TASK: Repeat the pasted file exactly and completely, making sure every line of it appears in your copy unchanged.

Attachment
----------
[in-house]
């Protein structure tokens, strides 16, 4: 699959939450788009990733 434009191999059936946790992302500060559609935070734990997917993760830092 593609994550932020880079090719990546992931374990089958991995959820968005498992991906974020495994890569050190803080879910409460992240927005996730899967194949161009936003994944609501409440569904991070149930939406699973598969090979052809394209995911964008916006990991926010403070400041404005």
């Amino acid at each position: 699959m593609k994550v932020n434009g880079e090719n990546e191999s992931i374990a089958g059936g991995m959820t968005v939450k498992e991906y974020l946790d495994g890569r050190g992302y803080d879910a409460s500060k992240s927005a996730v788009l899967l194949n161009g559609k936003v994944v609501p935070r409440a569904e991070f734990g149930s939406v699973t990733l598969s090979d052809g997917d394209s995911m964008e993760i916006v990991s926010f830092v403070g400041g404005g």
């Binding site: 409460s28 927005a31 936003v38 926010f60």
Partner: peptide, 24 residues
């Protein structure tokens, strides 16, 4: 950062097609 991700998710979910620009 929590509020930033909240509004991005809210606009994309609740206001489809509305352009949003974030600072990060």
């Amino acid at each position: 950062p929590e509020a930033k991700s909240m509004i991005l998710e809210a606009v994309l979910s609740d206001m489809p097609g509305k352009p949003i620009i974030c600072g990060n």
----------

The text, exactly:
[in-house]
């Protein structure tokens, strides 16, 4: 699959939450788009990733 434009191999059936946790992302500060559609935070734990997917993760830092 593609994550932020880079090719990546992931374990089958991995959820968005498992991906974020495994890569050190803080879910409460992240927005996730899967194949161009936003994944609501409440569904991070149930939406699973598969090979052809394209995911964008916006990991926010403070400041404005």
């Amino acid at each position: 699959m593609k994550v932020n434009g880079e090719n990546e191999s992931i374990a089958g059936g991995m959820t968005v939450k498992e991906y974020l946790d495994g890569r050190g992302y803080d879910a409460s500060k992240s927005a996730v788009l899967l194949n161009g559609k936003v994944v609501p935070r409440a569904e991070f734990g149930s939406v699973t990733l598969s090979d052809g997917d394209s995911m964008e993760i916006v990991s926010f830092v403070g400041g404005g």
């Binding site: 409460s28 927005a31 936003v38 926010f60």
Partner: peptide, 24 residues
């Protein structure tokens, strides 16, 4: 950062097609 991700998710979910620009 929590509020930033909240509004991005809210606009994309609740206001489809509305352009949003974030600072990060």
């Amino acid at each position: 950062p929590e509020a930033k991700s909240m509004i991005l998710e809210a606009v994309l979910s609740d206001m489809p097609g509305k352009p949003i620009i974030c600072g990060n």